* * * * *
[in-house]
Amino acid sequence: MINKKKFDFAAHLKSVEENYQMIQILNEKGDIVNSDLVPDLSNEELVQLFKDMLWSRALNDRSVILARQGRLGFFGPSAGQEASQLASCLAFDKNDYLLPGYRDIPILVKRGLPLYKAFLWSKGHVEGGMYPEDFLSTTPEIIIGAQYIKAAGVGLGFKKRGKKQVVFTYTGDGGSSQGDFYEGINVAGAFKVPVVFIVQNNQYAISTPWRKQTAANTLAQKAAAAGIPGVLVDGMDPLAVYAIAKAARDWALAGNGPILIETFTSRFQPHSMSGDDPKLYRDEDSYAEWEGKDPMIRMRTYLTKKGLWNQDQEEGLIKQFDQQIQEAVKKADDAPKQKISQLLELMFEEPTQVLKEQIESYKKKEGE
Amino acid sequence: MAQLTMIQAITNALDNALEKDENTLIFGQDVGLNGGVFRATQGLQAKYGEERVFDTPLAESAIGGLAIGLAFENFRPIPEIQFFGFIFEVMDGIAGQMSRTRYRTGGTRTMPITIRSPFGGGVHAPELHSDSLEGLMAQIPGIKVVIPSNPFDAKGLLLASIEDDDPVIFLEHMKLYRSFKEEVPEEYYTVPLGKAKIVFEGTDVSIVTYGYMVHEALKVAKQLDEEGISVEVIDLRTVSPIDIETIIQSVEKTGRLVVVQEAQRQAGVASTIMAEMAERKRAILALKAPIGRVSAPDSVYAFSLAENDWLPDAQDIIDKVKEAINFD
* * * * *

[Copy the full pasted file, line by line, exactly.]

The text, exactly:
[in-house]
Amino acid sequence: MINKKKFDFAAHLKSVEENYQMIQILNEKGDIVNSDLVPDLSNEELVQLFKDMLWSRALNDRSVILARQGRLGFFGPSAGQEASQLASCLAFDKNDYLLPGYRDIPILVKRGLPLYKAFLWSKGHVEGGMYPEDFLSTTPEIIIGAQYIKAAGVGLGFKKRGKKQVVFTYTGDGGSSQGDFYEGINVAGAFKVPVVFIVQNNQYAISTPWRKQTAANTLAQKAAAAGIPGVLVDGMDPLAVYAIAKAARDWALAGNGPILIETFTSRFQPHSMSGDDPKLYRDEDSYAEWEGKDPMIRMRTYLTKKGLWNQDQEEGLIKQFDQQIQEAVKKADDAPKQKISQLLELMFEEPTQVLKEQIESYKKKEGE
Amino acid sequence: MAQLTMIQAITNALDNALEKDENTLIFGQDVGLNGGVFRATQGLQAKYGEERVFDTPLAESAIGGLAIGLAFENFRPIPEIQFFGFIFEVMDGIAGQMSRTRYRTGGTRTMPITIRSPFGGGVHAPELHSDSLEGLMAQIPGIKVVIPSNPFDAKGLLLASIEDDDPVIFLEHMKLYRSFKEEVPEEYYTVPLGKAKIVFEGTDVSIVTYGYMVHEALKVAKQLDEEGISVEVIDLRTVSPIDIETIIQSVEKTGRLVVVQEAQRQAGVASTIMAEMAERKRAILALKAPIGRVSAPDSVYAFSLAENDWLPDAQDIIDKVKEAINFD